A Southie With a Story to Tell
We have recently seen another festive St. Patrick’s day pass by. AuthorHouse thought it would be fitting to prolong this year’s feast by featuring an author with Celtic blood, Matthew Smith Jr.
Whenever South Boston (or Southie as it is commonly coined) gets mentioned, one can’t help but think of seedy bars with objectionable characters, Irish-American accents, illegitimate business dealings, and Hollywood films such as Departed and The Town.
As untoward as all this sounds, there’s no denying that there is a candid attraction to the mystique of the Southie underworld, as Mr. Smith will attest to.
Mr. Smith resides in Northern California, a devoted husband to his beautiful wife and proud father to four wonderful children. Although he holds down a full-time job, his strong ties with South Boston, his pure love for writing, his infatuation with crime genre books, and inspiration from authors such as Dennis Lehane and Chuck Hogan have provided him with the motivation to find the time to pen his first novel, Celtic Thugs.
He describes his novel as a story set in the early 1900s. “It starts out with the main character, Anthony Griffin, in deep thought about the ugly life that he has lived and the horrible person he has become. As he does, he reflects back through his life, all the way back to his time as a kid running around on the streets of South Boston, his introduction into the Irish mob, his long stint in prison, his rise to power when he is finally back on the streets, finding the woman of his dreams, falling in love with her, and waging war on rival mobsters from the North End.”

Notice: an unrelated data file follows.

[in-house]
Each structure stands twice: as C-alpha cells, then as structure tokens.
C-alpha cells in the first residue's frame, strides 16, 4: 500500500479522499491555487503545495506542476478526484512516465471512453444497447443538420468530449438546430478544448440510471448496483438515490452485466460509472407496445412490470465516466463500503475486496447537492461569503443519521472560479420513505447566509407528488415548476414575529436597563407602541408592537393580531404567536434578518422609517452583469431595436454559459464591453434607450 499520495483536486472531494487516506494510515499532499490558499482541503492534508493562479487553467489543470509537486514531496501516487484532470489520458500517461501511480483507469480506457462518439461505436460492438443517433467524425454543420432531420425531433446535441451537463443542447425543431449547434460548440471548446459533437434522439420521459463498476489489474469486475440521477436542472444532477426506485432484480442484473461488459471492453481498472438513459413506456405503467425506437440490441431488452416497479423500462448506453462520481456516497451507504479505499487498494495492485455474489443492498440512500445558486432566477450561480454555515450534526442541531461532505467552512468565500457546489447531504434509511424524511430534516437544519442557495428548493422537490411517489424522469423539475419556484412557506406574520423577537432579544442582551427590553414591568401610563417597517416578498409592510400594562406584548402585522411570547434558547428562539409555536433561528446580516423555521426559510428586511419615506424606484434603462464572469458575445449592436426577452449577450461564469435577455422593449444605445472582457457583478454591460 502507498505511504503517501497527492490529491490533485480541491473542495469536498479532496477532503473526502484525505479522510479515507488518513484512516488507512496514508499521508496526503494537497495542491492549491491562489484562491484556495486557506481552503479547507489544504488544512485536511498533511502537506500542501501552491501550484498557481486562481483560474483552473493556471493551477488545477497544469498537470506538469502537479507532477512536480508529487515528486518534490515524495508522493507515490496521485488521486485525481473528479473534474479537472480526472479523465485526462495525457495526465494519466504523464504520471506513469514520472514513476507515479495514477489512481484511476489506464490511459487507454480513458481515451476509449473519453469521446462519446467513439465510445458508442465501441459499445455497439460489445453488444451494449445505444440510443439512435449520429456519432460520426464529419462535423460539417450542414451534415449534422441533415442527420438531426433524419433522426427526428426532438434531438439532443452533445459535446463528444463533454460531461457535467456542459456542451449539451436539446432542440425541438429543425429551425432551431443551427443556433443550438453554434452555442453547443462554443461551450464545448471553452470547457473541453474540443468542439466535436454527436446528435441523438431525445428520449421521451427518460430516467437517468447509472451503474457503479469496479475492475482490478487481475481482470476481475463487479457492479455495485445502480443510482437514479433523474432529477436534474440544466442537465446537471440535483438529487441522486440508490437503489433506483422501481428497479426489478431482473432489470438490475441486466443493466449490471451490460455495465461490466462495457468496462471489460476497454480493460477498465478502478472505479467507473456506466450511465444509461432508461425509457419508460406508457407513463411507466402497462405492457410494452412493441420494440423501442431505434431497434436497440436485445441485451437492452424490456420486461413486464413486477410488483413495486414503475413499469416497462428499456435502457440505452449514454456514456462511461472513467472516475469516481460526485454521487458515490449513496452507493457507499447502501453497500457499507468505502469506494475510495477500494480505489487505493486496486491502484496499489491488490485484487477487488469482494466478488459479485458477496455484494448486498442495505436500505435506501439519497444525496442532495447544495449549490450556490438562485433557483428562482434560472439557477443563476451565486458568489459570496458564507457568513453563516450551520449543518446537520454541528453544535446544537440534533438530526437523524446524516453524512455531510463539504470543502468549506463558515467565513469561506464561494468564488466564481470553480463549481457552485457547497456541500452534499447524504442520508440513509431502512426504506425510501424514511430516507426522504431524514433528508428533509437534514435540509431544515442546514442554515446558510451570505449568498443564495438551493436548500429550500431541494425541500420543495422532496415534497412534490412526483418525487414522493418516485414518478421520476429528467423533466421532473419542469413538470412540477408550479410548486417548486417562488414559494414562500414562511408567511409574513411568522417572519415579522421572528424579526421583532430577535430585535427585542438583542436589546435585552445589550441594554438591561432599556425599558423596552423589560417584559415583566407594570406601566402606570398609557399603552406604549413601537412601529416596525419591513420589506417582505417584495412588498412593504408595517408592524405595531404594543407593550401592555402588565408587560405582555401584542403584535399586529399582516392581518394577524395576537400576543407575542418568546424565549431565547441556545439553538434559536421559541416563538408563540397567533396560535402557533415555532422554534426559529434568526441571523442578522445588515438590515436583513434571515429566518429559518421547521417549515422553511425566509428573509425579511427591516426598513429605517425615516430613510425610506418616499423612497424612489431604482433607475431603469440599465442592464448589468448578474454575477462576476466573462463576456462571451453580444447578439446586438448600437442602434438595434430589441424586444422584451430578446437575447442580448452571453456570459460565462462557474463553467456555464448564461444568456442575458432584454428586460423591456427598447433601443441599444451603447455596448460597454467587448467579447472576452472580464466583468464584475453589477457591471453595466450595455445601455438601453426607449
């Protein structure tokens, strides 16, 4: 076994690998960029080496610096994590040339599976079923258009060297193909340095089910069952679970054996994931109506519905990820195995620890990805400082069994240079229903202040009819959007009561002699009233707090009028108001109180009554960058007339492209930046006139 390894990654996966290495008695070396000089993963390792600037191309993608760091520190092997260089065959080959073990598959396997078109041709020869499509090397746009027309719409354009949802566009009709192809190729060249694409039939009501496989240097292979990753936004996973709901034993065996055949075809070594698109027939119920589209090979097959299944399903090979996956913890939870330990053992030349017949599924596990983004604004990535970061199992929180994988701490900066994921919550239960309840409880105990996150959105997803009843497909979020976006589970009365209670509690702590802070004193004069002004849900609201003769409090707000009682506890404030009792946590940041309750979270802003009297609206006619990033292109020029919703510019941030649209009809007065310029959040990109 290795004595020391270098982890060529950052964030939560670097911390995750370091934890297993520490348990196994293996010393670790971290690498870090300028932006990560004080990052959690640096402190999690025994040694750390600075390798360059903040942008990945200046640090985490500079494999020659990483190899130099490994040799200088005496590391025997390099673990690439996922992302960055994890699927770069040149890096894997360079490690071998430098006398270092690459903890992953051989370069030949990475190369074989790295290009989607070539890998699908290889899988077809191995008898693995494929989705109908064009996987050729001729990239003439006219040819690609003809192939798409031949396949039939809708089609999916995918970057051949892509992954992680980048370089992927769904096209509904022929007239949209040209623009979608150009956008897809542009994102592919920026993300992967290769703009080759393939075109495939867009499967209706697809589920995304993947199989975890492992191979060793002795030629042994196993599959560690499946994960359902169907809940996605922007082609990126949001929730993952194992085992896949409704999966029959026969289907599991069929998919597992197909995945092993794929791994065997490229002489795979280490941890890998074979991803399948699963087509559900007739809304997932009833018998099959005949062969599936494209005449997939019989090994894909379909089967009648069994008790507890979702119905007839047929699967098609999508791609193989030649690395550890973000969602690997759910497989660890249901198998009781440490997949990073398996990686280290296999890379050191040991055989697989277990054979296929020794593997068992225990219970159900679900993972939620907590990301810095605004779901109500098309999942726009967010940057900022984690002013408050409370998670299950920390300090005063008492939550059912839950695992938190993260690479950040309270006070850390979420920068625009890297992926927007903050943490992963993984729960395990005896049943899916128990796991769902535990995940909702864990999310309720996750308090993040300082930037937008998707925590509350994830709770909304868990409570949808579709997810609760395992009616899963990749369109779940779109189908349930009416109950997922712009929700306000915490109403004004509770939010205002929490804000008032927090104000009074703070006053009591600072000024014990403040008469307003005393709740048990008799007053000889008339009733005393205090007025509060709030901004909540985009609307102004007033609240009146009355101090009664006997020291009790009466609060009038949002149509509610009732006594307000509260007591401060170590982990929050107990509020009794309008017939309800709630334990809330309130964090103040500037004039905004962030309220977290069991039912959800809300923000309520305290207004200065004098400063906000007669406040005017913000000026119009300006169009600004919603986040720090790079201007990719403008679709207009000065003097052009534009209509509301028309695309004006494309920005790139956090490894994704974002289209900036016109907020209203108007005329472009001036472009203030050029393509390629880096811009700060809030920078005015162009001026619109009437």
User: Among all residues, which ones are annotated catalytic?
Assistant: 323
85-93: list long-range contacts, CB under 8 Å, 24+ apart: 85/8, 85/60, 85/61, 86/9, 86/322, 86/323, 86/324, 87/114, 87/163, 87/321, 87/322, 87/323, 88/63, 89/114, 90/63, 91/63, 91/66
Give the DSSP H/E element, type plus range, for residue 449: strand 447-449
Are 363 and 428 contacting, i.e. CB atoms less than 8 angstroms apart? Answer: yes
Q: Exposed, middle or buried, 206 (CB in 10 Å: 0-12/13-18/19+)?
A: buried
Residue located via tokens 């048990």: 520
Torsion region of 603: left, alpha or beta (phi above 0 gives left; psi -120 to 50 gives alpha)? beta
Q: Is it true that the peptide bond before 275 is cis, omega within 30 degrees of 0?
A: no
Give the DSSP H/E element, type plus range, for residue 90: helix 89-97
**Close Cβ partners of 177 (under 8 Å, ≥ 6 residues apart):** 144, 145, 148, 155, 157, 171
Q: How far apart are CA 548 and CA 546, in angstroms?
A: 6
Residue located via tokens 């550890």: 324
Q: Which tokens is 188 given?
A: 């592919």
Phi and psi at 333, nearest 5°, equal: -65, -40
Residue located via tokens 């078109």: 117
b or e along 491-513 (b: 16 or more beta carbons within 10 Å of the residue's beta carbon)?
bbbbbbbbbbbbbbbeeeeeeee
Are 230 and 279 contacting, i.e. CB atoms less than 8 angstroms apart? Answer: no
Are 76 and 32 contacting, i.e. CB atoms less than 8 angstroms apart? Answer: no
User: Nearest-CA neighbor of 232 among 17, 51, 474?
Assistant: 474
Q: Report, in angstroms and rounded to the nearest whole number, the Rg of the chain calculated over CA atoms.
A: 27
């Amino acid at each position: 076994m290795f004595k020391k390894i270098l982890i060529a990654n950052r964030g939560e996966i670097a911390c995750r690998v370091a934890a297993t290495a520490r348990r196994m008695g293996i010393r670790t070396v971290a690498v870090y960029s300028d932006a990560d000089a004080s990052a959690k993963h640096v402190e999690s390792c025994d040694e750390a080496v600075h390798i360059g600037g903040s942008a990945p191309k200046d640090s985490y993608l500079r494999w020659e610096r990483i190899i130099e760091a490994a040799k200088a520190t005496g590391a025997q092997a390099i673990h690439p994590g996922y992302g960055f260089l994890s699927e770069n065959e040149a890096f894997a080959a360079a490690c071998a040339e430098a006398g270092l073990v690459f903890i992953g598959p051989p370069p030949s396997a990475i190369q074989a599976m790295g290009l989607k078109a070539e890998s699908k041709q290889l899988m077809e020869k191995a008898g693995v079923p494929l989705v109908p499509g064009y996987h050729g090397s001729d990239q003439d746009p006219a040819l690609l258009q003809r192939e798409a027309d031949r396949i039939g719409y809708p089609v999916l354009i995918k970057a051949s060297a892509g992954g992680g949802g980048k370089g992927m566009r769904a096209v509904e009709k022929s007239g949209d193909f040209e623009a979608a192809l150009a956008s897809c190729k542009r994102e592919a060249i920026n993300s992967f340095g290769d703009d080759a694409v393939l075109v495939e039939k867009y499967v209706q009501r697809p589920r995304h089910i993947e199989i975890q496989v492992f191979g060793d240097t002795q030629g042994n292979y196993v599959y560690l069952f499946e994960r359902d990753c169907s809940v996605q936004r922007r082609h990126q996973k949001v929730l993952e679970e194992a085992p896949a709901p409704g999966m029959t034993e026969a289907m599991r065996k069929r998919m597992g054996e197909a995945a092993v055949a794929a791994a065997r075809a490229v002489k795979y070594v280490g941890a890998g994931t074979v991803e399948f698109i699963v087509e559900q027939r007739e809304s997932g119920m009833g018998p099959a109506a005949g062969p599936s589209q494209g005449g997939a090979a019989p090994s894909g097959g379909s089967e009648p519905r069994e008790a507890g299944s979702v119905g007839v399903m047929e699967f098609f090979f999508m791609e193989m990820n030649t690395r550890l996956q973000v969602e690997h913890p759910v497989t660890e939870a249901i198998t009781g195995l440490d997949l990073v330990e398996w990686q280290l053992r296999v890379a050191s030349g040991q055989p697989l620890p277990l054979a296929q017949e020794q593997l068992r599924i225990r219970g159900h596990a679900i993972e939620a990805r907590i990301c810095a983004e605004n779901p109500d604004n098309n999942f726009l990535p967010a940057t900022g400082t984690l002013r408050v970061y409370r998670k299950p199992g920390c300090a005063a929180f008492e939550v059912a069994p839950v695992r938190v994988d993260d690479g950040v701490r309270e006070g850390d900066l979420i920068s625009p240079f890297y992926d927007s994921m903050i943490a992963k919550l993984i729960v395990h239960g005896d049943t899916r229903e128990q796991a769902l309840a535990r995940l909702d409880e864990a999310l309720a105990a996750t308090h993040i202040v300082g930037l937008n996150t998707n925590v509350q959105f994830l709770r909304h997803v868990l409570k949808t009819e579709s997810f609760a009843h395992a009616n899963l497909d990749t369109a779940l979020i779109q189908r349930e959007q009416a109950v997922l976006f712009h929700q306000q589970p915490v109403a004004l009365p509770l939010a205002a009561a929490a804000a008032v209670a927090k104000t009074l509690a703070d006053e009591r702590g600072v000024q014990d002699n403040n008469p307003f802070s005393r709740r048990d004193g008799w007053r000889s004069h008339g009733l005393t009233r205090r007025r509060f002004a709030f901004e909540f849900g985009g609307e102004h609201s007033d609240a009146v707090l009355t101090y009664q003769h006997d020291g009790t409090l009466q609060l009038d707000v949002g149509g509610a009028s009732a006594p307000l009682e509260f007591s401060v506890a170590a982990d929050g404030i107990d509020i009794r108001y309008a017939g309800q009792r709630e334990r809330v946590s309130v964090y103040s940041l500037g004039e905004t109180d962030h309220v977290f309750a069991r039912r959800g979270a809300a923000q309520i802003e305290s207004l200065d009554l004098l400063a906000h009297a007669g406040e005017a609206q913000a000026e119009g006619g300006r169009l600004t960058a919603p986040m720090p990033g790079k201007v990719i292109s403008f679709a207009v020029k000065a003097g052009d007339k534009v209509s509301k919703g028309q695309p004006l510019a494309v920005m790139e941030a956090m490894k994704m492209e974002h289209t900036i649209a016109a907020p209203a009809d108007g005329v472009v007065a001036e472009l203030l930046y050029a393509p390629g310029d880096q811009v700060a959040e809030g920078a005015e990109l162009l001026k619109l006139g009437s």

It is evident that Irish-Americans hold great pride and prestige in their ancestry. Irish customs and traditions were one of the richest and most distinctive in Europe; however, assimilation in America throughout the 1900s and the homogenization of Western cultures throughout the world has rendered much of these customs obsolete. When writing his book, Mr. Smith wanted his audience to observe “the rich Irish culture of the characters at that time in America, such as the Irish language and Irish traditions.”
With regard to his self-publishing experience with AuthorHouse, he was extremely surprised at the efficiency and simplicity of the whole process, so much so that he has already begun the sequel to Celtic Thugs, which concentrates on the next generation of Griffins. His book marketing arrangements consist of a number of book signings and plans to attend the LA Book Festival to get his name out there.